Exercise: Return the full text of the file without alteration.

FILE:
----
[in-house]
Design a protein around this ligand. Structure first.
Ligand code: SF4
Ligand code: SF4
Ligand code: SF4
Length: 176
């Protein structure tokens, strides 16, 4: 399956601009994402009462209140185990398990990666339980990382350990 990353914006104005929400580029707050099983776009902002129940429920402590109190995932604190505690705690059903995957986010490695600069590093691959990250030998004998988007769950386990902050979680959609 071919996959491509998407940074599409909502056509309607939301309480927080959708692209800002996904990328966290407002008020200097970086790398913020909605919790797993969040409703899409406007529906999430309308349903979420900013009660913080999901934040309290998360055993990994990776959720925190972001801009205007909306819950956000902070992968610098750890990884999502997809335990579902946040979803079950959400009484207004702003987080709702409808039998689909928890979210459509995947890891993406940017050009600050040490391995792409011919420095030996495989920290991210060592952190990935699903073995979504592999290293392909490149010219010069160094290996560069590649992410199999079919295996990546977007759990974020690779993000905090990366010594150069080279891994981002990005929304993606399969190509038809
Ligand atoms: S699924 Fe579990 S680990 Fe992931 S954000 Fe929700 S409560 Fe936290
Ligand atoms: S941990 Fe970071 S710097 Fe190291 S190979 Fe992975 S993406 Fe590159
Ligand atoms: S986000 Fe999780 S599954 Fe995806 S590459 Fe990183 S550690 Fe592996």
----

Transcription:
[in-house]
Design a protein around this ligand. Structure first.
Ligand code: SF4
Ligand code: SF4
Ligand code: SF4
Length: 176
């Protein structure tokens, strides 16, 4: 399956601009994402009462209140185990398990990666339980990382350990 990353914006104005929400580029707050099983776009902002129940429920402590109190995932604190505690705690059903995957986010490695600069590093691959990250030998004998988007769950386990902050979680959609 071919996959491509998407940074599409909502056509309607939301309480927080959708692209800002996904990328966290407002008020200097970086790398913020909605919790797993969040409703899409406007529906999430309308349903979420900013009660913080999901934040309290998360055993990994990776959720925190972001801009205007909306819950956000902070992968610098750890990884999502997809335990579902946040979803079950959400009484207004702003987080709702409808039998689909928890979210459509995947890891993406940017050009600050040490391995792409011919420095030996495989920290991210060592952190990935699903073995979504592999290293392909490149010219010069160094290996560069590649992410199999079919295996990546977007759990974020690779993000905090990366010594150069080279891994981002990005929304993606399969190509038809
Ligand atoms: S699924 Fe579990 S680990 Fe992931 S954000 Fe929700 S409560 Fe936290
Ligand atoms: S941990 Fe970071 S710097 Fe190291 S190979 Fe992975 S993406 Fe590159
Ligand atoms: S986000 Fe999780 S599954 Fe995806 S590459 Fe990183 S550690 Fe592996």